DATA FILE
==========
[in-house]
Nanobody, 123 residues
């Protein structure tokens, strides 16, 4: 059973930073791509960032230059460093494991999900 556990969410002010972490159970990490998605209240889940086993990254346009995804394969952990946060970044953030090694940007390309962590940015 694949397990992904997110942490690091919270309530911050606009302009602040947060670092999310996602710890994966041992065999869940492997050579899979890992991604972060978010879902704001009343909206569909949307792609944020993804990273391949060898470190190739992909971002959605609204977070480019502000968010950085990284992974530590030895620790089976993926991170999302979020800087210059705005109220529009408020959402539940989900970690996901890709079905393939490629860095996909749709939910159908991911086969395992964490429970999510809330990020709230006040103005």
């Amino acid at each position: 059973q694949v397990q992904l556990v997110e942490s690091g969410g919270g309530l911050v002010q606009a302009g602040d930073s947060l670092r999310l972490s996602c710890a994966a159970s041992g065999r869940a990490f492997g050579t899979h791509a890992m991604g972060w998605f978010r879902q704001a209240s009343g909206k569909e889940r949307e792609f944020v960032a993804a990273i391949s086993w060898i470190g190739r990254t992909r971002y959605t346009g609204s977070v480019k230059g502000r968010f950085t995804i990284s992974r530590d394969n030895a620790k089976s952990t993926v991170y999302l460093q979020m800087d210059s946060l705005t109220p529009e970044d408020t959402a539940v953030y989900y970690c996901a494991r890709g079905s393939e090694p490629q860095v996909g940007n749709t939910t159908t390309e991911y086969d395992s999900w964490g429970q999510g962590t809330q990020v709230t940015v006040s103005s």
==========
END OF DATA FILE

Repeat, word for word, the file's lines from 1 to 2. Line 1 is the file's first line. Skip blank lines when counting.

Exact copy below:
[in-house]
Nanobody, 123 residues